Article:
FROM Brian Joseph
Politicians Waiting to Cash in on Special Interest Pledges With hundreds of bills to be voted on, the last week of the legislative session means chaos in Sacramento, and with hundreds of lobbyists on the scene, it's also the best time for legislators to raise money. To reveal any possible connection between votes cast and money raised, contributions are supposed to be reported in 24 hours. But the reports today on what could be a new scheme to avoid public scrutiny.
Capitol Chaos A lot of Democrats who had reservations held their noses today as the State Senate passed Mayor Villaraigosa's proposal for partial takeover of LA schools . Next up is the Assembly, which is likely to go along, too. But that's just part of the madness that reigns in the last week of this legislative session with 500 bills to be acted on--some of them really important--between now and adjournment on Thursday. We'll look at how chaos becomes business as usual at the send of a legislative session and how bills passed by several committees are completely transformed and still get votes from legislators who've never read them.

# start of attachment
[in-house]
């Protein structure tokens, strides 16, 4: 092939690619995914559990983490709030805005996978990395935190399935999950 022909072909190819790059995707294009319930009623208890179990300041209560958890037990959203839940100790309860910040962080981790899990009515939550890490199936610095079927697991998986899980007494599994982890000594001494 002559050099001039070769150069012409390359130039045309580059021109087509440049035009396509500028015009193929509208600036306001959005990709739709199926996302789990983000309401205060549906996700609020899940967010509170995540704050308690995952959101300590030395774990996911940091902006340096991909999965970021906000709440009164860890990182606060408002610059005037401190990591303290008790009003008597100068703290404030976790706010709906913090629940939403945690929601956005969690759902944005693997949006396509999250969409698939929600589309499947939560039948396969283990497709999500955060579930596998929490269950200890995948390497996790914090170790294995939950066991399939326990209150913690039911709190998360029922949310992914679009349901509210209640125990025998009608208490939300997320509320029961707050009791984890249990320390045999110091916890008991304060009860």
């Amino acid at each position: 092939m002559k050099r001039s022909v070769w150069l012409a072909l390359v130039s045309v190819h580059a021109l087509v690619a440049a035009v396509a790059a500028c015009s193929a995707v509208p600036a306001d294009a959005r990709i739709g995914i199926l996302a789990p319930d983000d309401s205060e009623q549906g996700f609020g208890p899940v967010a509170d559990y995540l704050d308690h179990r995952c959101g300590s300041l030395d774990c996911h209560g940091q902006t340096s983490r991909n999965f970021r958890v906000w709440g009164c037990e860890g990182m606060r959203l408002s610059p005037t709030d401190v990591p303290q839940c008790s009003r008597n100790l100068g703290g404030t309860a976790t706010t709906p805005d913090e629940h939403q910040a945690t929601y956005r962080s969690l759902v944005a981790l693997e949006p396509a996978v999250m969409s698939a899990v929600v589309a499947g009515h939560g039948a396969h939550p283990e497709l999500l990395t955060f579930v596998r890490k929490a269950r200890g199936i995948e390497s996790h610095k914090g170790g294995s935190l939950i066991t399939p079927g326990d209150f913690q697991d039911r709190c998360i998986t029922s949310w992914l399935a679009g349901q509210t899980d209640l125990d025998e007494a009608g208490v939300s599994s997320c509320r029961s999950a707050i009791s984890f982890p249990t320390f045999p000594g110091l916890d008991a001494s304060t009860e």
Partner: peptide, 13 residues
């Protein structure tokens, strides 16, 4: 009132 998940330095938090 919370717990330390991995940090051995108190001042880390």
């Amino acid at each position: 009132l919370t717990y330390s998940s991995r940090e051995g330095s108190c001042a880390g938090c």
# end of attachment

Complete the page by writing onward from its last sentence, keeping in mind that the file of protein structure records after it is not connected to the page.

Replacing Obamacare: Now you see it… now you don’t As the Senate deliberates replacing Obmacare, health coverage for millions of people is at stake. There've been no public hearings, and a draft measure won't be made public. Is the House version so unpopular that that Senate is hiding a version that looks much the same?
Trump plays scolder-in-chief with NATO allies At the opening of NATO’s dramatic new headquarters in Brussels today, President Trump acknowledged that Article 5 — promising that “an attack on one nation is an attack on all” -- has only been invoked one time: in the aftermath of September 11. But the President failed to provide what 27 other Alliance members have been waiting for: a re-commitment by America’s new leader to Article 5. Instead, they got a scolding.